What is most noteworthy is that even though PAS Terengganu included the implementation of the hudud enactment in the Barisan Alternatif Terengganu Manifesto prior to the 2008 GE, this did not win PAS and PKR many more votes and seats in the state.
PAS still won only one parliament seat and only managed to increase the number of state seats from 4 to 8 in GE2008. While BN’s support fell by 11% nationwide from 2004 to 2008, BN’s support in Terengganu only fell by 0.5%.
This is a clear indication that voters in Terengganu placed more importance on other issues rather than the implementation of hudud.
If hudud had been a controversial issue in the 13GE in May last year, there would be negligible increase of Malay support but a critical decrease of non-Malay support for PR and the three component parties ranging between 10% to 20%.
We can look at three scenarios.
Under Scenario 1 where PR experiences a 10% decrease in non-Malay support versus a 1% increase in Malay support, PR would only have won 70 parliamentary seats or 32% of total seats compared to the 89 parliament seats or 40% of seats actually won.
Under Scenario 2, where the non-Malay support for PR decreases by 15%, PR would only have won 57 parliamentary seats or 26% and under Scenario 3, where the non-Malay support for PR decreases by 20%, PR would only have won 46 seats or 21%.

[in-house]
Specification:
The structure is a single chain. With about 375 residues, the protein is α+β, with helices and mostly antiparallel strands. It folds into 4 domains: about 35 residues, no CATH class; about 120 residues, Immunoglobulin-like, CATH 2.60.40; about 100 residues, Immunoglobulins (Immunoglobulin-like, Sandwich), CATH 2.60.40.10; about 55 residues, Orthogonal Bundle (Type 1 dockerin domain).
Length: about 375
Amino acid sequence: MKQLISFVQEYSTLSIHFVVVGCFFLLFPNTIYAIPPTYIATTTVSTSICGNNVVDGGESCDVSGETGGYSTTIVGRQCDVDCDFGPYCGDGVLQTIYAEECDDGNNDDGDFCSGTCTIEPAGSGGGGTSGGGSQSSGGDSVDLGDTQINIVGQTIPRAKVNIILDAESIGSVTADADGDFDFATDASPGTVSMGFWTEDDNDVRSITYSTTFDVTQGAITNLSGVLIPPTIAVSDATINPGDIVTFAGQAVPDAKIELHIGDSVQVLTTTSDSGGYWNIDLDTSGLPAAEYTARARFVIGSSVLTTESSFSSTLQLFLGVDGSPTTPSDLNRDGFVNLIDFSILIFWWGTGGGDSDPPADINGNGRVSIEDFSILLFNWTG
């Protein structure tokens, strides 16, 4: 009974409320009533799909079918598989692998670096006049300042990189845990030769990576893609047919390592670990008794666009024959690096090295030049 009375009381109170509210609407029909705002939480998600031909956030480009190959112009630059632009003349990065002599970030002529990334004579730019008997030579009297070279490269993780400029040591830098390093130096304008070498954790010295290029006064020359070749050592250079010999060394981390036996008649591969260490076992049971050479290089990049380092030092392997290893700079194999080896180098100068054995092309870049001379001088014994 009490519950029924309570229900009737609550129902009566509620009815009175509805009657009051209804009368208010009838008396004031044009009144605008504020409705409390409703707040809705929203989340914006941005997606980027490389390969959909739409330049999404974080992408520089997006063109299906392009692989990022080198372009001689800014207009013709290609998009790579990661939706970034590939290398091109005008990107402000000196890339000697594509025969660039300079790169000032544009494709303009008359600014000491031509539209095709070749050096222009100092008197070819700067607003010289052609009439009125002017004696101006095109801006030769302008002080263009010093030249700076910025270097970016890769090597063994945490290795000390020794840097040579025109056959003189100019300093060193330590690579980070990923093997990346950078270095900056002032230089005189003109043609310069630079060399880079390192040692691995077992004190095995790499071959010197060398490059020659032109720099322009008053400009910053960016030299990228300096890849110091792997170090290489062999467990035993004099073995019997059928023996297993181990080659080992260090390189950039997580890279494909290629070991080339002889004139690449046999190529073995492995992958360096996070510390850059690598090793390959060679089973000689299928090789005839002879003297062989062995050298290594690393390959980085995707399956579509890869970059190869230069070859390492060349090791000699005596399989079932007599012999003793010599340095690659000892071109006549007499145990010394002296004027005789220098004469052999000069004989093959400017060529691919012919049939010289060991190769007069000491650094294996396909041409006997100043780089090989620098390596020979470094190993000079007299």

In all of these three scenarios, PR would have lost out as a whole as Barisan Nasional would have regained two-thirds parliamentary majority to enable it to redelineate electoral constituencies at will to perpetuate its undemocratic hold on political power.
If we extrapolate such results to the various states in Peninsular Malayswia, with non- Malay voter support slashed by 20 per cent, PR in Kedah would be reduced to 6 State Assembly seats (PAS 5, PKR 1); Penang reduced to 25 instead of the present 30 seats (but still in power) with DAP 17, PKR 7 and PAS 1; lost Selangor with PR totalling 21 seats (DAP 11, PKR 5, PAS 5); Johor reverted as UMNO/BN fortress, only winning 4 seats, all from DAP; in Perak, PR reduced to 17 seats (DAP 14, PKR 2 and PAS 1); Pahang, the PR’s present 12 out of 42 state seats reduced to 4 (DAP 2, PAS 2); in Negri Sembilan, the present 14 PR state seats reduced to 6, all from DAP; and in Melaka, the present PR total of 7 seats reduced to 3 DAP seats.
If hudud becomes an issue in the 14GE, PR will not only lose in Putrajaya, there is also a possibility that PAS will lose in Kelantan.
These scenarios and possibilities deserve the attention not only of PAS leaders, but also of DAP and PKR leaders and the 53 per cent of the national electorate who voted for PR in the 13th general elections.